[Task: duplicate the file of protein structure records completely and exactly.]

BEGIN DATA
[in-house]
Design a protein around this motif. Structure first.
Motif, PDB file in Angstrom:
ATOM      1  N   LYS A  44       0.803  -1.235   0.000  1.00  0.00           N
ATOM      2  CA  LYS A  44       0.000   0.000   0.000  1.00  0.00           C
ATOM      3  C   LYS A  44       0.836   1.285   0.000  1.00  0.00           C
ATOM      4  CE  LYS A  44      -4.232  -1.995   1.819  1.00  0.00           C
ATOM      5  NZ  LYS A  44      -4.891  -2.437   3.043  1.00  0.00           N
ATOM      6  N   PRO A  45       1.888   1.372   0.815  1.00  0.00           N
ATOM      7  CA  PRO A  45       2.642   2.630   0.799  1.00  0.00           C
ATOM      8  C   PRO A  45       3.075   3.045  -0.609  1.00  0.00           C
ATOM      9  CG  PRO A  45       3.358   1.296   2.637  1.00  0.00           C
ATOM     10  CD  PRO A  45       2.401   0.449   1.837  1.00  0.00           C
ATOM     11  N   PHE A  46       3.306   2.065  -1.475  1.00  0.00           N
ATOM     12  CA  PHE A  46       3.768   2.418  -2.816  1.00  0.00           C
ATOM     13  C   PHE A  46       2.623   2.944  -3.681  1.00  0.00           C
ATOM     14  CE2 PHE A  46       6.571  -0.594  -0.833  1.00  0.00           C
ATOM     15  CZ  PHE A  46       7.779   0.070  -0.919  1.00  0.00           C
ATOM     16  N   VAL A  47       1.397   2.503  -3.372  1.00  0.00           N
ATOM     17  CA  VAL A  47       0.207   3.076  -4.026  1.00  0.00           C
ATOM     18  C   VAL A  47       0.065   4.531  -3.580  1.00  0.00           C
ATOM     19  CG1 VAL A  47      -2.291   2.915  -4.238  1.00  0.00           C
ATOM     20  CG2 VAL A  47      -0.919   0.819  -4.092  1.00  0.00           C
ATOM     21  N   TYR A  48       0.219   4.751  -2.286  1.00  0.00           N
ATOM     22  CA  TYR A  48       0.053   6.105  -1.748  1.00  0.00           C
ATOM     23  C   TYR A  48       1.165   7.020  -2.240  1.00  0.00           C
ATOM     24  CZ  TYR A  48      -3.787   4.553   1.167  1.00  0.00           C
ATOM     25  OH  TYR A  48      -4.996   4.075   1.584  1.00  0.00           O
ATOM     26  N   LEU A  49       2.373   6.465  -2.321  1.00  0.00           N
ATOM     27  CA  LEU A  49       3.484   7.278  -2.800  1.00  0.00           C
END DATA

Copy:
[in-house]
Design a protein around this motif. Structure first.
Motif, PDB file in Angstrom:
ATOM      1  N   LYS A  44       0.803  -1.235   0.000  1.00  0.00           N
ATOM      2  CA  LYS A  44       0.000   0.000   0.000  1.00  0.00           C
ATOM      3  C   LYS A  44       0.836   1.285   0.000  1.00  0.00           C
ATOM      4  CE  LYS A  44      -4.232  -1.995   1.819  1.00  0.00           C
ATOM      5  NZ  LYS A  44      -4.891  -2.437   3.043  1.00  0.00           N
ATOM      6  N   PRO A  45       1.888   1.372   0.815  1.00  0.00           N
ATOM      7  CA  PRO A  45       2.642   2.630   0.799  1.00  0.00           C
ATOM      8  C   PRO A  45       3.075   3.045  -0.609  1.00  0.00           C
ATOM      9  CG  PRO A  45       3.358   1.296   2.637  1.00  0.00           C
ATOM     10  CD  PRO A  45       2.401   0.449   1.837  1.00  0.00           C
ATOM     11  N   PHE A  46       3.306   2.065  -1.475  1.00  0.00           N
ATOM     12  CA  PHE A  46       3.768   2.418  -2.816  1.00  0.00           C
ATOM     13  C   PHE A  46       2.623   2.944  -3.681  1.00  0.00           C
ATOM     14  CE2 PHE A  46       6.571  -0.594  -0.833  1.00  0.00           C
ATOM     15  CZ  PHE A  46       7.779   0.070  -0.919  1.00  0.00           C
ATOM     16  N   VAL A  47       1.397   2.503  -3.372  1.00  0.00           N
ATOM     17  CA  VAL A  47       0.207   3.076  -4.026  1.00  0.00           C
ATOM     18  C   VAL A  47       0.065   4.531  -3.580  1.00  0.00           C
ATOM     19  CG1 VAL A  47      -2.291   2.915  -4.238  1.00  0.00           C
ATOM     20  CG2 VAL A  47      -0.919   0.819  -4.092  1.00  0.00           C
ATOM     21  N   TYR A  48       0.219   4.751  -2.286  1.00  0.00           N
ATOM     22  CA  TYR A  48       0.053   6.105  -1.748  1.00  0.00           C
ATOM     23  C   TYR A  48       1.165   7.020  -2.240  1.00  0.00           C
ATOM     24  CZ  TYR A  48      -3.787   4.553   1.167  1.00  0.00           C
ATOM     25  OH  TYR A  48      -4.996   4.075   1.584  1.00  0.00           O
ATOM     26  N   LEU A  49       2.373   6.465  -2.321  1.00  0.00           N
ATOM     27  CA  LEU A  49       3.484   7.278  -2.800  1.00  0.00           C